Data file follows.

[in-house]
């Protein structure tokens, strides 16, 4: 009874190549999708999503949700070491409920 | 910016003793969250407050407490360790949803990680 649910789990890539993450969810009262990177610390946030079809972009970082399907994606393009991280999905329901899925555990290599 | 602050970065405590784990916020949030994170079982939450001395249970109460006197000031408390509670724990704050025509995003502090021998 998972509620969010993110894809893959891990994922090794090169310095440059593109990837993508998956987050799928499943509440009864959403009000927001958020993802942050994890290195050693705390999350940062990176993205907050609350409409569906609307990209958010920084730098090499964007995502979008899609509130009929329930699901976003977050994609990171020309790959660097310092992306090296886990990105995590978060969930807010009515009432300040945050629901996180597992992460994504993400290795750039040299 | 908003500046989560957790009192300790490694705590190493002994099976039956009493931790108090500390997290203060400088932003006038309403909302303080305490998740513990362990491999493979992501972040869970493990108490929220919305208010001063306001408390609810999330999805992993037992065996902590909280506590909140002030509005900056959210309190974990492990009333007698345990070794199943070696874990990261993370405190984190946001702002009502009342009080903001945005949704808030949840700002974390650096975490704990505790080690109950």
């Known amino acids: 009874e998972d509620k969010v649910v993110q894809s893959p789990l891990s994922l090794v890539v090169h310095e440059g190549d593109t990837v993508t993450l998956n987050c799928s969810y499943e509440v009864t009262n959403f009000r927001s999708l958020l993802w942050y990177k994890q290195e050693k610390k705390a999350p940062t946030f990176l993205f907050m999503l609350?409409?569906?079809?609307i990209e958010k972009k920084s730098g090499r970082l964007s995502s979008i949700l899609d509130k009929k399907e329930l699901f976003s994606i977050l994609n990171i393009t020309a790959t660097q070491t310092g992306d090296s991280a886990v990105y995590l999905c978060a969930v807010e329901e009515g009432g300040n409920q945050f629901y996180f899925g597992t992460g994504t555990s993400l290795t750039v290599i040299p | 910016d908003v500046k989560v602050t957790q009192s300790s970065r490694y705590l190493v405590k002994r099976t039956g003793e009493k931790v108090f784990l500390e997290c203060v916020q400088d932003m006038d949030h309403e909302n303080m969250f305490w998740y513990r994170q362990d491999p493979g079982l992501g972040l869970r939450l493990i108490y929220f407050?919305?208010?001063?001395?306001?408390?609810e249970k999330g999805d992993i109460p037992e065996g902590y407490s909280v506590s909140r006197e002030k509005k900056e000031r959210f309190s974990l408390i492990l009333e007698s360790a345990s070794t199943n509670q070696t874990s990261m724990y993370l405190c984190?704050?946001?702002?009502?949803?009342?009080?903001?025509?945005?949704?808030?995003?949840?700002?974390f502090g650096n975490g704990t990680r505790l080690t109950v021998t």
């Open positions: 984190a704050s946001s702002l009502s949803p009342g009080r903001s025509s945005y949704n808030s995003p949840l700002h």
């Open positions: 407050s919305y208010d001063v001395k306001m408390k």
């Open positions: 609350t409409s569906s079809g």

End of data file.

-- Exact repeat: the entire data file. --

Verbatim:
[in-house]
């Protein structure tokens, strides 16, 4: 009874190549999708999503949700070491409920 | 910016003793969250407050407490360790949803990680 649910789990890539993450969810009262990177610390946030079809972009970082399907994606393009991280999905329901899925555990290599 | 602050970065405590784990916020949030994170079982939450001395249970109460006197000031408390509670724990704050025509995003502090021998 998972509620969010993110894809893959891990994922090794090169310095440059593109990837993508998956987050799928499943509440009864959403009000927001958020993802942050994890290195050693705390999350940062990176993205907050609350409409569906609307990209958010920084730098090499964007995502979008899609509130009929329930699901976003977050994609990171020309790959660097310092992306090296886990990105995590978060969930807010009515009432300040945050629901996180597992992460994504993400290795750039040299 | 908003500046989560957790009192300790490694705590190493002994099976039956009493931790108090500390997290203060400088932003006038309403909302303080305490998740513990362990491999493979992501972040869970493990108490929220919305208010001063306001408390609810999330999805992993037992065996902590909280506590909140002030509005900056959210309190974990492990009333007698345990070794199943070696874990990261993370405190984190946001702002009502009342009080903001945005949704808030949840700002974390650096975490704990505790080690109950």
């Known amino acids: 009874e998972d509620k969010v649910v993110q894809s893959p789990l891990s994922l090794v890539v090169h310095e440059g190549d593109t990837v993508t993450l998956n987050c799928s969810y499943e509440v009864t009262n959403f009000r927001s999708l958020l993802w942050y990177k994890q290195e050693k610390k705390a999350p940062t946030f990176l993205f907050m999503l609350?409409?569906?079809?609307i990209e958010k972009k920084s730098g090499r970082l964007s995502s979008i949700l899609d509130k009929k399907e329930l699901f976003s994606i977050l994609n990171i393009t020309a790959t660097q070491t310092g992306d090296s991280a886990v990105y995590l999905c978060a969930v807010e329901e009515g009432g300040n409920q945050f629901y996180f899925g597992t992460g994504t555990s993400l290795t750039v290599i040299p | 910016d908003v500046k989560v602050t957790q009192s300790s970065r490694y705590l190493v405590k002994r099976t039956g003793e009493k931790v108090f784990l500390e997290c203060v916020q400088d932003m006038d949030h309403e909302n303080m969250f305490w998740y513990r994170q362990d491999p493979g079982l992501g972040l869970r939450l493990i108490y929220f407050?919305?208010?001063?001395?306001?408390?609810e249970k999330g999805d992993i109460p037992e065996g902590y407490s909280v506590s909140r006197e002030k509005k900056e000031r959210f309190s974990l408390i492990l009333e007698s360790a345990s070794t199943n509670q070696t874990s990261m724990y993370l405190c984190?704050?946001?702002?009502?949803?009342?009080?903001?025509?945005?949704?808030?995003?949840?700002?974390f502090g650096n975490g704990t990680r505790l080690t109950v021998t």
């Open positions: 984190a704050s946001s702002l009502s949803p009342g009080r903001s025509s945005y949704n808030s995003p949840l700002h």
């Open positions: 407050s919305y208010d001063v001395k306001m408390k």
């Open positions: 609350t409409s569906s079809g």